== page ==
Touch input is one feature that distinguishes the B320 from HP's Omni 220. I still don't find touch a crucial desktop feature, but you might if you intend to use one of these PCs as a home entertainment kiosk. The Lenovo uses surface acoustic wave touch (SAW) technology, the same as that in Samsung's Series 7 all-in-one. It requires you to press down a bit harder than with resistive or capacitive touch screens, but the accuracy is good once the screen registers your input.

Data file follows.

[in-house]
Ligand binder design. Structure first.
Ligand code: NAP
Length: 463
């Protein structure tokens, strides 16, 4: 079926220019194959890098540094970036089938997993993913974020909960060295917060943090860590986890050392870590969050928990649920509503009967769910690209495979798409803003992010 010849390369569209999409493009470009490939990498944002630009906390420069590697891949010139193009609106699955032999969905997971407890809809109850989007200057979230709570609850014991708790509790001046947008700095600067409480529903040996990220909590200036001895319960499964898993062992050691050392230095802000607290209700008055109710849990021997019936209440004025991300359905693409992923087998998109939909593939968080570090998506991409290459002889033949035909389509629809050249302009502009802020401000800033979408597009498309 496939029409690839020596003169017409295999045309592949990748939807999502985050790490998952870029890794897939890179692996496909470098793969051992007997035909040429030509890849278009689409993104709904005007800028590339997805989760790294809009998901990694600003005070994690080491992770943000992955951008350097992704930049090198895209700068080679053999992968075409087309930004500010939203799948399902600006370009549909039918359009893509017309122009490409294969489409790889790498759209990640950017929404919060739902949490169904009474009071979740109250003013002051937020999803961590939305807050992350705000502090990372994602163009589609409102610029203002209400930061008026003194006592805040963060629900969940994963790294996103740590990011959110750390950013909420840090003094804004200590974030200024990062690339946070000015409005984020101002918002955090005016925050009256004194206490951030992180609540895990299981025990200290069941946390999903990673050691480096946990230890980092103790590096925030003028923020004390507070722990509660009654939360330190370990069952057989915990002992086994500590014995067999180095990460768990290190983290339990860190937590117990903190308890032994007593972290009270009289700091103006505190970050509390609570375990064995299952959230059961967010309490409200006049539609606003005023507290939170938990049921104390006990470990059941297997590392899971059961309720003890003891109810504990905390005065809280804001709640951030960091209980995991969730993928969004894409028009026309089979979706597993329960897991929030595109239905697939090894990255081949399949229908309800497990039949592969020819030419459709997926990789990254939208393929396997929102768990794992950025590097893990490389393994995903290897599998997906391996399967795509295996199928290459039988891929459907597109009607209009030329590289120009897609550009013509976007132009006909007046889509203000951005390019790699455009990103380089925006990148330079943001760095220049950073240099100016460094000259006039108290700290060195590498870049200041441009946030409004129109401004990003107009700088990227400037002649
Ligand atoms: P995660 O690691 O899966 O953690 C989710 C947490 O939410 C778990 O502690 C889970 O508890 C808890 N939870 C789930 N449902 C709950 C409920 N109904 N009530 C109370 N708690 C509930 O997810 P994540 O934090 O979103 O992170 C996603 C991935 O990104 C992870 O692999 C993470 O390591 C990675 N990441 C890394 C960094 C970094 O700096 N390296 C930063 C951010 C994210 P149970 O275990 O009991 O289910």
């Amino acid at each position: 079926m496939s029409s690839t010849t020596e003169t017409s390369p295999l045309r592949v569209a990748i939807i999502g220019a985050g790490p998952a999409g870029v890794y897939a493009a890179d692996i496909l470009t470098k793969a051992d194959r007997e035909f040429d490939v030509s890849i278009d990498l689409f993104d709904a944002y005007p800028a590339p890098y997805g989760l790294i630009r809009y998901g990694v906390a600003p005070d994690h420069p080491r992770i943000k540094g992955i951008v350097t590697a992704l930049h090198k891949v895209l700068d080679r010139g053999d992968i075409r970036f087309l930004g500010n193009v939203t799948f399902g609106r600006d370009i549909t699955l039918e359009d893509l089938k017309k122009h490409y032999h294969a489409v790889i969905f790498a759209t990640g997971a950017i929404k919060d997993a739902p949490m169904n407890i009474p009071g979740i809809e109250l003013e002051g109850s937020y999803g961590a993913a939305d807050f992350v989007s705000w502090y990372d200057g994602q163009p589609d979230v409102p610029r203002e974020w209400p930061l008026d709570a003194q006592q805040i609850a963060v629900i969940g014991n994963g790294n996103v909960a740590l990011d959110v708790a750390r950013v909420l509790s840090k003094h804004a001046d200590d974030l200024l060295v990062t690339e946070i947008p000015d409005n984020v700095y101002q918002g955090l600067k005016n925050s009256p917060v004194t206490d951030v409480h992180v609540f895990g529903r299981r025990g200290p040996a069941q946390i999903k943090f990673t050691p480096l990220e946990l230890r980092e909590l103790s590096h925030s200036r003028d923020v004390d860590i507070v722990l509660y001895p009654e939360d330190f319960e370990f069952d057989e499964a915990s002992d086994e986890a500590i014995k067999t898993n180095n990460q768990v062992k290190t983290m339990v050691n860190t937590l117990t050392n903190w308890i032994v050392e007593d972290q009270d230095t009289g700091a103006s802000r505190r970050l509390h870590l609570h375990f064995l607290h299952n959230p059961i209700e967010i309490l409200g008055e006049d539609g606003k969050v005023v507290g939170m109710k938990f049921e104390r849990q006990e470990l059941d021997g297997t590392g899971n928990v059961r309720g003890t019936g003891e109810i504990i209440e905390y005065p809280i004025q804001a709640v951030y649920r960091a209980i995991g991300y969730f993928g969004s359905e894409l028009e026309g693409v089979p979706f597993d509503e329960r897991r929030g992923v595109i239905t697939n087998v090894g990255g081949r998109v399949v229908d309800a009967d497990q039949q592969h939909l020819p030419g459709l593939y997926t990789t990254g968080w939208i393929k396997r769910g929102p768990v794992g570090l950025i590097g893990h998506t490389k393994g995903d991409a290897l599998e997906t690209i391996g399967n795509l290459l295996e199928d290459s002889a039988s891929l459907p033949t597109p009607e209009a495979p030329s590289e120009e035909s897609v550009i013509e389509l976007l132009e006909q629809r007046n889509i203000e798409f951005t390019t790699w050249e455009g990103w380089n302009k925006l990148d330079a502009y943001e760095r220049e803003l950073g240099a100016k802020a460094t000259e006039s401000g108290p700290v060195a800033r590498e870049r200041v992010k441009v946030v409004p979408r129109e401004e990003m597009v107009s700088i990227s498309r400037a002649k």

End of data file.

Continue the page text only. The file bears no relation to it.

Lenovo's touch software suite is a piecemeal assortment of programs. You get VeriTouch, which uses pattern drawing for system authentication, the App Space media player, and QuickNotes note-taking program, among others. They're all fine, but they exist mostly as accessory applications. You might use them on occasion, but for better or for worse, Lenovo has no full-fledged touch operating environment like HP's TouchSmart software.